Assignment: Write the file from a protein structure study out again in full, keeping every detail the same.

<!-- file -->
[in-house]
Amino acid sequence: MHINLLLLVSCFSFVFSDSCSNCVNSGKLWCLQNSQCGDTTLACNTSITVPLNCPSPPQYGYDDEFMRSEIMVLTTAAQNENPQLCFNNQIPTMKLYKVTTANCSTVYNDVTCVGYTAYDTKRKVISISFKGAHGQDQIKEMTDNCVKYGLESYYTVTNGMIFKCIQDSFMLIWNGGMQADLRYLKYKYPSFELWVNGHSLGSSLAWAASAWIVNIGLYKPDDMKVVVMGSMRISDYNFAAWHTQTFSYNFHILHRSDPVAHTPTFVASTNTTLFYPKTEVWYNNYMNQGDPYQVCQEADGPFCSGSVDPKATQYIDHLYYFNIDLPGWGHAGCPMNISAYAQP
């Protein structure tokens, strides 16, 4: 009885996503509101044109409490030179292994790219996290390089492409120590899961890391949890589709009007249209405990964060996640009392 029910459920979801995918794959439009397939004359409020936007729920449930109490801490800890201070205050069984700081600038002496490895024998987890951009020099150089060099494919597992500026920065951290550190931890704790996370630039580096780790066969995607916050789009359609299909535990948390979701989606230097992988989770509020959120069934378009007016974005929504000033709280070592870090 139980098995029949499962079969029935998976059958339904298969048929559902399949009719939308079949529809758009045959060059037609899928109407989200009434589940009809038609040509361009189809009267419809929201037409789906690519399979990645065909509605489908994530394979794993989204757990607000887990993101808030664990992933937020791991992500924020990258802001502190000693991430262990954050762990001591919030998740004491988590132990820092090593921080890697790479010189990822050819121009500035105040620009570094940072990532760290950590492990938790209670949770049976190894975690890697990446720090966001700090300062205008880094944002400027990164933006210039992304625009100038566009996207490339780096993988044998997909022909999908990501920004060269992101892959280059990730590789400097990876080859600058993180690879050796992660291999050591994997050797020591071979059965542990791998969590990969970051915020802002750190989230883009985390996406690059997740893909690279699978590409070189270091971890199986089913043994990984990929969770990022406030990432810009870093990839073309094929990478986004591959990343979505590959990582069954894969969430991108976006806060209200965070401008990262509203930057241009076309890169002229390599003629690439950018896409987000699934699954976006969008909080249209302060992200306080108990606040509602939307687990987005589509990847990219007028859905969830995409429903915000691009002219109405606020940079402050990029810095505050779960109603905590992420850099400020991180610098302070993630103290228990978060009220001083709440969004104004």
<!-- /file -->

[in-house]
Amino acid sequence: MHINLLLLVSCFSFVFSDSCSNCVNSGKLWCLQNSQCGDTTLACNTSITVPLNCPSPPQYGYDDEFMRSEIMVLTTAAQNENPQLCFNNQIPTMKLYKVTTANCSTVYNDVTCVGYTAYDTKRKVISISFKGAHGQDQIKEMTDNCVKYGLESYYTVTNGMIFKCIQDSFMLIWNGGMQADLRYLKYKYPSFELWVNGHSLGSSLAWAASAWIVNIGLYKPDDMKVVVMGSMRISDYNFAAWHTQTFSYNFHILHRSDPVAHTPTFVASTNTTLFYPKTEVWYNNYMNQGDPYQVCQEADGPFCSGSVDPKATQYIDHLYYFNIDLPGWGHAGCPMNISAYAQP
């Protein structure tokens, strides 16, 4: 009885996503509101044109409490030179292994790219996290390089492409120590899961890391949890589709009007249209405990964060996640009392 029910459920979801995918794959439009397939004359409020936007729920449930109490801490800890201070205050069984700081600038002496490895024998987890951009020099150089060099494919597992500026920065951290550190931890704790996370630039580096780790066969995607916050789009359609299909535990948390979701989606230097992988989770509020959120069934378009007016974005929504000033709280070592870090 139980098995029949499962079969029935998976059958339904298969048929559902399949009719939308079949529809758009045959060059037609899928109407989200009434589940009809038609040509361009189809009267419809929201037409789906690519399979990645065909509605489908994530394979794993989204757990607000887990993101808030664990992933937020791991992500924020990258802001502190000693991430262990954050762990001591919030998740004491988590132990820092090593921080890697790479010189990822050819121009500035105040620009570094940072990532760290950590492990938790209670949770049976190894975690890697990446720090966001700090300062205008880094944002400027990164933006210039992304625009100038566009996207490339780096993988044998997909022909999908990501920004060269992101892959280059990730590789400097990876080859600058993180690879050796992660291999050591994997050797020591071979059965542990791998969590990969970051915020802002750190989230883009985390996406690059997740893909690279699978590409070189270091971890199986089913043994990984990929969770990022406030990432810009870093990839073309094929990478986004591959990343979505590959990582069954894969969430991108976006806060209200965070401008990262509203930057241009076309890169002229390599003629690439950018896409987000699934699954976006969008909080249209302060992200306080108990606040509602939307687990987005589509990847990219007028859905969830995409429903915000691009002219109405606020940079402050990029810095505050779960109603905590992420850099400020991180610098302070993630103290228990978060009220001083709440969004104004």